When my son was born six years ago, my mother and I started spending long weeks under each other’s roofs. She is his only biological grandparent, and a spectacular one at that, so we made it work. But whenever Mom walked into a room, I would start wondering how to walk out.

Last spring Mom was diagnosed with multiple myeloma, a blood cancer. She waited a month to tell my brother and me because his first child was born the day of the diagnosis and she didn’t want to wreck the joy.

Rather than canceling a trip to New York to see the baby and cover work travel for me and my husband, she stayed a week, carted our son to and from preschool, cleaned, cooked and visited her new granddaughter. The only clue that something was off was that she took taxis. Frugal and vigorous, my mother usually walked or took the bus.

The day after Mother’s Day, Mom called to schedule time for a talk with Aaron and me. Mom doesn’t schedule, so I said, “How about now?” and got Aaron on the phone. Mom explained that the first symptom had been sharp pain in her ribs and that there is treatment but no cure.

“You kids shouldn’t have to deal with this,” is where she wept, “after all you went through with your dad.” Our father died from a liposarcoma 10 years earlier, surrounded by family.

I put on the empty locket, an amulet to protect not me but her.

The next day I looked up former colleagues of my hematologist/oncologist father to see if anyone could recommend the best doctor in San Diego for my mom’s condition. I booked a flight. Mom seemed shocked to see me. We went together to her doctors.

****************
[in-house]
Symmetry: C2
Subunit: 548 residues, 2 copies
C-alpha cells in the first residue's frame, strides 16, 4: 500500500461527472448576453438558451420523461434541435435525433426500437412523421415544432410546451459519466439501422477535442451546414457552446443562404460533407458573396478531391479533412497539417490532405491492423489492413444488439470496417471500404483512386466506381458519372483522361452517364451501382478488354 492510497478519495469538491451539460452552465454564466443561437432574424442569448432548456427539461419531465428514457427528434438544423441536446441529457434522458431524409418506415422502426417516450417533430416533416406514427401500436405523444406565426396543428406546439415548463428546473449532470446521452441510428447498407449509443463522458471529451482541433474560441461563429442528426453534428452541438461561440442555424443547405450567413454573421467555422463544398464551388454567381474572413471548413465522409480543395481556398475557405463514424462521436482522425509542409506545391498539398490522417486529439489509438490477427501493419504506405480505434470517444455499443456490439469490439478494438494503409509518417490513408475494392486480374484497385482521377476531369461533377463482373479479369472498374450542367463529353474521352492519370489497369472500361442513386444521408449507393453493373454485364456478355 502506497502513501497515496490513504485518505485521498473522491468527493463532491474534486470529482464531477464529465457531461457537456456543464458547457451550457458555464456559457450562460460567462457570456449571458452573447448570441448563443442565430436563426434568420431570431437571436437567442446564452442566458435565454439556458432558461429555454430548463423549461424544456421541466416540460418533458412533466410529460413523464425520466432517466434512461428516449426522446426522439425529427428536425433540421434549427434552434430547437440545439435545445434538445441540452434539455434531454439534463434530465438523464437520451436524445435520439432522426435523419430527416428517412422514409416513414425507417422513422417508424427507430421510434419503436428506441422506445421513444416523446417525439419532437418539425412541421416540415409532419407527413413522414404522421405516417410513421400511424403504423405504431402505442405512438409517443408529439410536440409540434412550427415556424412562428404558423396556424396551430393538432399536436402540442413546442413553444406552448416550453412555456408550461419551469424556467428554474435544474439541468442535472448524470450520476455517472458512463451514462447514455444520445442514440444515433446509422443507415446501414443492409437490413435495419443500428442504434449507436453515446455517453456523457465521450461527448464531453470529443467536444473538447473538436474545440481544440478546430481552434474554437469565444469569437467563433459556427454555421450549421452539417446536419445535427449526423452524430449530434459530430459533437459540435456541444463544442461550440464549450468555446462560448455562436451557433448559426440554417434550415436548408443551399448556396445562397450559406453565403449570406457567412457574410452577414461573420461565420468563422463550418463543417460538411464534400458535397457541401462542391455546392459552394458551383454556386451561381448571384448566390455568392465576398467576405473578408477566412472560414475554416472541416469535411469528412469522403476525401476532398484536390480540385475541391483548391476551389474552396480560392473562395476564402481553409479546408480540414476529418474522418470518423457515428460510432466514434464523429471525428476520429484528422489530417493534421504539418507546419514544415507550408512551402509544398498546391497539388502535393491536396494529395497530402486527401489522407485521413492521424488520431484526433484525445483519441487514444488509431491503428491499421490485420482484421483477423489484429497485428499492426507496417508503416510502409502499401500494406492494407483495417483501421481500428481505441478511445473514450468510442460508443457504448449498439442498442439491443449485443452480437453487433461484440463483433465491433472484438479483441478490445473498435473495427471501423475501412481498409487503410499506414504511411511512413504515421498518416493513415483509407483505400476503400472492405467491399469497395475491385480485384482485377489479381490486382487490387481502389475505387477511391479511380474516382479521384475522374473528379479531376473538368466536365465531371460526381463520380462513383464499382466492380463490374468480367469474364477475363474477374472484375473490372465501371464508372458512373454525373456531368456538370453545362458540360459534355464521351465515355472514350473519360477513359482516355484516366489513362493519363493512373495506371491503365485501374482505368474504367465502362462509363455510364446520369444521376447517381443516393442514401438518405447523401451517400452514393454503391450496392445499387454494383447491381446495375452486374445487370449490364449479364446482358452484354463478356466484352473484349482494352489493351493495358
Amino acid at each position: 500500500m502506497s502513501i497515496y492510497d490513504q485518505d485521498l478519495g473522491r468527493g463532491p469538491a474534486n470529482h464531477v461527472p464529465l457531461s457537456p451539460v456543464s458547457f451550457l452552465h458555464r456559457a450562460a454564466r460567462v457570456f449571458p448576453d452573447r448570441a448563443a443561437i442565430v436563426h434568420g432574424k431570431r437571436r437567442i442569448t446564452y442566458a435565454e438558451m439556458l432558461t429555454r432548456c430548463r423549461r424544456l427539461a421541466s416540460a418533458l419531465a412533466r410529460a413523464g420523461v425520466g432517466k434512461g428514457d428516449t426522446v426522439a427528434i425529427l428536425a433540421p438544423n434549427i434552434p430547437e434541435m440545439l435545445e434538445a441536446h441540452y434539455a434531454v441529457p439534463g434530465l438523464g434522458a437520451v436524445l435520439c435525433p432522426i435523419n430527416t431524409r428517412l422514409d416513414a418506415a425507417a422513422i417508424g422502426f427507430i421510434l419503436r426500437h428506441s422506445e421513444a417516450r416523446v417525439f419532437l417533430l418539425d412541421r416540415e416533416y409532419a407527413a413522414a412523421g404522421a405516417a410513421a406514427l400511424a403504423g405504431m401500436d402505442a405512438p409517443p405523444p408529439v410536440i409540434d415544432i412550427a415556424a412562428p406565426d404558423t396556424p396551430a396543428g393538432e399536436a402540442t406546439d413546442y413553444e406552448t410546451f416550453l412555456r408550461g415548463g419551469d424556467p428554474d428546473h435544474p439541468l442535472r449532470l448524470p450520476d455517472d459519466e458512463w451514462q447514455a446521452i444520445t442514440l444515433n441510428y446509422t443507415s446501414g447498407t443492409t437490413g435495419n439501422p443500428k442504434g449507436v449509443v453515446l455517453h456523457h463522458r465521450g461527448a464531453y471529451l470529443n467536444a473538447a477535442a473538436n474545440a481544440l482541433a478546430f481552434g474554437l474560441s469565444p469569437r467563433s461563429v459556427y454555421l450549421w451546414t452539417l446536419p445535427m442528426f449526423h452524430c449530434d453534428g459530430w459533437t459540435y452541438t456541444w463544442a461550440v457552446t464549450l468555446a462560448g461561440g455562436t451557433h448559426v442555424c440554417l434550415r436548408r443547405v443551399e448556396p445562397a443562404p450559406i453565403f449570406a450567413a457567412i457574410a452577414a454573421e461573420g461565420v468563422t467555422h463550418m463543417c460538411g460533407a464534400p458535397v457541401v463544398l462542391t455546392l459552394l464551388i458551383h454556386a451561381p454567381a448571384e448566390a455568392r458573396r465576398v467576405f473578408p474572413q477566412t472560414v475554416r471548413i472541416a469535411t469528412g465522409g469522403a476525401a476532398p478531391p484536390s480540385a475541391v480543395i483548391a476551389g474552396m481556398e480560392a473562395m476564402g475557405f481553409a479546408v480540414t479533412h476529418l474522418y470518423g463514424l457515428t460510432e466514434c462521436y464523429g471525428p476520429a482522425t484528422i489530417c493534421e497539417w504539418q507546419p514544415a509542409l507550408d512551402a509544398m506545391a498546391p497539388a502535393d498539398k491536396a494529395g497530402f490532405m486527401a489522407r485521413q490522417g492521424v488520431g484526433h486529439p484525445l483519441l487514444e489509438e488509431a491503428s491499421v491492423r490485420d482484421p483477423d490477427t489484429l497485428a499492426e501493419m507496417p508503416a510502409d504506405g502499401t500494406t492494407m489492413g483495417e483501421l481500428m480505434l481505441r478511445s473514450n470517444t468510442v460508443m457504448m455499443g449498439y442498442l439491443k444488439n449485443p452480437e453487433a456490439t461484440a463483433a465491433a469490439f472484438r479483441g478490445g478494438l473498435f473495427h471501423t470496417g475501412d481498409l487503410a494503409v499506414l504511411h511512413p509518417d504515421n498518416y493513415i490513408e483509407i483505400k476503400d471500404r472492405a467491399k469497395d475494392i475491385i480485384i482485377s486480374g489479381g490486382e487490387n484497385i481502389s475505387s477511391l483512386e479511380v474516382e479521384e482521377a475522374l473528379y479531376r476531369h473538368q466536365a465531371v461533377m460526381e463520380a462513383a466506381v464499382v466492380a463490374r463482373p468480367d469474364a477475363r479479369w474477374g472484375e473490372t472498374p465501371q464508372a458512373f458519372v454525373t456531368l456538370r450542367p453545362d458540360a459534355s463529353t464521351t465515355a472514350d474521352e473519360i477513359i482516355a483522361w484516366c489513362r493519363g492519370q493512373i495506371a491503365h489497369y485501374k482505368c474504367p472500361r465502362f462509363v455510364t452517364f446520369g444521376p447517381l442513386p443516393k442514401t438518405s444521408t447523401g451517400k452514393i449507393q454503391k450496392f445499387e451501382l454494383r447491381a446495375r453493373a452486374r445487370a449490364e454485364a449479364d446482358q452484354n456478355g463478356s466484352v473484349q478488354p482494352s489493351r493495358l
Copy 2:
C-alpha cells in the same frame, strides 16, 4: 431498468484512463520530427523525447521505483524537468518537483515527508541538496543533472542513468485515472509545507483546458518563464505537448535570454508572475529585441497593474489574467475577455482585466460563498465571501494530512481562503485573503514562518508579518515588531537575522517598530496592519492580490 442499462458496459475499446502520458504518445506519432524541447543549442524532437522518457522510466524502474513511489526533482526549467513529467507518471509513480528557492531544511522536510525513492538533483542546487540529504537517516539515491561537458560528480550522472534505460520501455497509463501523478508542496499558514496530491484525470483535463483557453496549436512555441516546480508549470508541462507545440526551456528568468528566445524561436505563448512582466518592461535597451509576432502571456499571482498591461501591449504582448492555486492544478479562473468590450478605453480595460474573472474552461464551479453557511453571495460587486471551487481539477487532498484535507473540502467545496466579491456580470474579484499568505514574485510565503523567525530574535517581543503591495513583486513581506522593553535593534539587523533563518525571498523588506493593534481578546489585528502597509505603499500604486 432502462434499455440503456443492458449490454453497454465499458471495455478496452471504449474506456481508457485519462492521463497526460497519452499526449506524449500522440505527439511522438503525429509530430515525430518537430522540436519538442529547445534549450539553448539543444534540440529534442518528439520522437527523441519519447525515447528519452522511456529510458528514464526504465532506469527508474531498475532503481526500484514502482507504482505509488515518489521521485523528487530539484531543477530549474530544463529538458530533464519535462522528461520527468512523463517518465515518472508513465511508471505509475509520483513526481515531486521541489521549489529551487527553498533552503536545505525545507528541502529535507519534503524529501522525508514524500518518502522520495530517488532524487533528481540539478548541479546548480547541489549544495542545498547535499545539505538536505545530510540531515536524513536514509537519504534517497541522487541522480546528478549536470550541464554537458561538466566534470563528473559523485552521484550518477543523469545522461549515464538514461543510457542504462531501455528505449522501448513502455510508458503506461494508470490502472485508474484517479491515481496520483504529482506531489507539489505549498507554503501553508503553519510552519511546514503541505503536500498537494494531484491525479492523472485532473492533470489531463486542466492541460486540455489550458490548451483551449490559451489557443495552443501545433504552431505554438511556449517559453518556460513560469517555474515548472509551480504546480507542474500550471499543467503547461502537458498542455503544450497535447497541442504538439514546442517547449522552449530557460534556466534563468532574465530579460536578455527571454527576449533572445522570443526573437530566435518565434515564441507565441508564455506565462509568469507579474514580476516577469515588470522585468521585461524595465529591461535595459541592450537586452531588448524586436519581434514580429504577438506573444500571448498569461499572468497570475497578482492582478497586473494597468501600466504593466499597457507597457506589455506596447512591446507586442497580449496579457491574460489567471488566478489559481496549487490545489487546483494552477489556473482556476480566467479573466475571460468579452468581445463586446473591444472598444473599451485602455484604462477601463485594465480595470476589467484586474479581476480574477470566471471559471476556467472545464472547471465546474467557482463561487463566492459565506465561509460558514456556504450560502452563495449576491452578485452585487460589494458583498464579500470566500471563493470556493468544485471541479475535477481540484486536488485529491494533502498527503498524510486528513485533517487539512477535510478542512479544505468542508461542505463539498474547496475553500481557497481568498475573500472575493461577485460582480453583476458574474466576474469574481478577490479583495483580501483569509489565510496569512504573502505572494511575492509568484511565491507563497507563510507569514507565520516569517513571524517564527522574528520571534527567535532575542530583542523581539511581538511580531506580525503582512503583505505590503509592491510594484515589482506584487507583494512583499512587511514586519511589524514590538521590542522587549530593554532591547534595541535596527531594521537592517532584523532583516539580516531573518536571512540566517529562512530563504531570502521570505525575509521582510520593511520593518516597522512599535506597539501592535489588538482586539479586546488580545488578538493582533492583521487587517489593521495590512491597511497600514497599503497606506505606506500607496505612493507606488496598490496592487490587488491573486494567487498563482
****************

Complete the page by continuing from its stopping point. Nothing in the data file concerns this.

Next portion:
She noticed the locket. “I worry about that chain,” is all she said.

This past year my mother has endured bone pain, a blood clot, neuropathy, night sweats, disorientation and intense fatigue. When she entered the hospital for a stem-cell transplant, she left me a refrigerator full of food and a thicker chain. I visited five times over seven months, bringing family when I could. I correspond with doctors and track her appointments in an iCal calendar labeled “Mom.” For a while I called every day.

At one point my mother said on the phone, “Thank you for taking an interest.” As if I were a neighbor with a pie.

“You’re my mother,” I said. “If I were sick, wouldn’t you take an interest?”

She couldn’t see it as a parallel situation.

I keep waiting for the illness to bring us closer, to melt differences, to give us more to share besides the hard part. But maybe this is it. Maybe intimacy is distinct from love.

I hope Mom will once again survive her traitorous blood. I hope she is at the forefront of curable multiple myeloma. At any rate, she feels better now and is expected to have a long road.

Which gives me years, I hope, to learn how to say what your mother’s picture in a locket is supposed to mean: You are not alone.